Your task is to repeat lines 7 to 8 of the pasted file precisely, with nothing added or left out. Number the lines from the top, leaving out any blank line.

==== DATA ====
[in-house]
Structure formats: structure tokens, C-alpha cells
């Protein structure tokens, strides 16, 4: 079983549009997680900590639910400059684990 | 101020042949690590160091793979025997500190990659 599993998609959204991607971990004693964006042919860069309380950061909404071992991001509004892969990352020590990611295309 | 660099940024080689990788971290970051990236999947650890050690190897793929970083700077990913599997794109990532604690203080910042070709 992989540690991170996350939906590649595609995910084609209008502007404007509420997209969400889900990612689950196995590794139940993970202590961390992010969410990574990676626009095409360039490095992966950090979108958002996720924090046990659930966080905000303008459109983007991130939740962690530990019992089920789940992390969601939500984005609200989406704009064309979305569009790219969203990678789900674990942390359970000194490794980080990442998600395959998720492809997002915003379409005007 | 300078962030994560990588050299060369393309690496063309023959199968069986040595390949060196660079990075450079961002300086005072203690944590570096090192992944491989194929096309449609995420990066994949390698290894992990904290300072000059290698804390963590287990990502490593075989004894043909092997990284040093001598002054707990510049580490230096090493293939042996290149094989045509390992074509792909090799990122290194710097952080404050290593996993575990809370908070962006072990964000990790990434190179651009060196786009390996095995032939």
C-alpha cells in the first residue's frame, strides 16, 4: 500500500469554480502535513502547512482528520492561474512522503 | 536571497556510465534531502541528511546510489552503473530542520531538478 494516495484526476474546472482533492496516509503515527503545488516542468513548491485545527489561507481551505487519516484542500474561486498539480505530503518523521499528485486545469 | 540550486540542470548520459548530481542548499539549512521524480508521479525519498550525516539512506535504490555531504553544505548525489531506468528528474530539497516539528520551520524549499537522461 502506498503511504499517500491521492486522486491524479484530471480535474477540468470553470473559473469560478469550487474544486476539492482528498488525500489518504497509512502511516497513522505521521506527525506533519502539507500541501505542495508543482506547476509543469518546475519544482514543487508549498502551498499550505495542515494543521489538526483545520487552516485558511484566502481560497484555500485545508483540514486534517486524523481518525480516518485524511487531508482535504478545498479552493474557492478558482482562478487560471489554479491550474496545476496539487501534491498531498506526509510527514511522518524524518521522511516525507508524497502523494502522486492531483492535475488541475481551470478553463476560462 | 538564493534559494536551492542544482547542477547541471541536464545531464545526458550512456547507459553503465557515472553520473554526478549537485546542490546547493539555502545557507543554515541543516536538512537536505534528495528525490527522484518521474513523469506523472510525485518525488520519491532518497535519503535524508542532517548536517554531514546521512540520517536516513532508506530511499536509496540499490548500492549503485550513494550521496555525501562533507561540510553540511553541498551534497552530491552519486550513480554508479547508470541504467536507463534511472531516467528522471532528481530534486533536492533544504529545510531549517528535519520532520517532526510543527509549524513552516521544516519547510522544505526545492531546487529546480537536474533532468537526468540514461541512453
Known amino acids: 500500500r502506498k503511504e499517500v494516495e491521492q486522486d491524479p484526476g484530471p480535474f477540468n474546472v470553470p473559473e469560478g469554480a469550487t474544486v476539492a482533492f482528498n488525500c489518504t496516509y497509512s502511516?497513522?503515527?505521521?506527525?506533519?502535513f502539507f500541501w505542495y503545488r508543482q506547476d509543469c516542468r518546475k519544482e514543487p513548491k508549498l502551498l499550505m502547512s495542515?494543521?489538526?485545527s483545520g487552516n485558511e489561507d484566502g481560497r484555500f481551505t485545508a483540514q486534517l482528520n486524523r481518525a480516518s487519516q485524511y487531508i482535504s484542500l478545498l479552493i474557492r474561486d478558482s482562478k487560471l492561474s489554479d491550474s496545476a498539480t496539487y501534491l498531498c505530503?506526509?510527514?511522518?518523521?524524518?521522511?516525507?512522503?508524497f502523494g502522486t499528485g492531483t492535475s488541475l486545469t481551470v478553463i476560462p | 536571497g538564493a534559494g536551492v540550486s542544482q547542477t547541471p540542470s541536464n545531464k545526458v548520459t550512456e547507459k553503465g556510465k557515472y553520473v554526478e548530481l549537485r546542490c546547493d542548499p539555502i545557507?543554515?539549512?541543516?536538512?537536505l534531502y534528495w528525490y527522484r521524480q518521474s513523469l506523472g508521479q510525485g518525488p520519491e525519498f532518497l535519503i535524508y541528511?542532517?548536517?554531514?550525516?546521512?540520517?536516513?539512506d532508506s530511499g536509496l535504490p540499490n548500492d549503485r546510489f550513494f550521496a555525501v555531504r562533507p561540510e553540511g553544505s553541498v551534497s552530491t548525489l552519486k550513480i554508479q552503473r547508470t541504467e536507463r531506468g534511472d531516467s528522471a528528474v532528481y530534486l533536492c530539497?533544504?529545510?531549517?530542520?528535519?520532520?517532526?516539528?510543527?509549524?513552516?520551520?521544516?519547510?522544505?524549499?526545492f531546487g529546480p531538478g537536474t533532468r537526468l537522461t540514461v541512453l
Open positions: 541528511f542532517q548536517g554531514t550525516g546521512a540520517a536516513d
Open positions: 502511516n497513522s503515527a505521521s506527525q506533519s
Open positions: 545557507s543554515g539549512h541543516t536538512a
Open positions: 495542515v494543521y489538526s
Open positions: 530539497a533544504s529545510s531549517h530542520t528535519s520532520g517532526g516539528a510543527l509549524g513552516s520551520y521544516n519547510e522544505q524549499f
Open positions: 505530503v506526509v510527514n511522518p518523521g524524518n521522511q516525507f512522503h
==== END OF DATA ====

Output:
Open positions: 502511516n497513522s503515527a505521521s506527525q506533519s
Open positions: 545557507s543554515g539549512h541543516t536538512a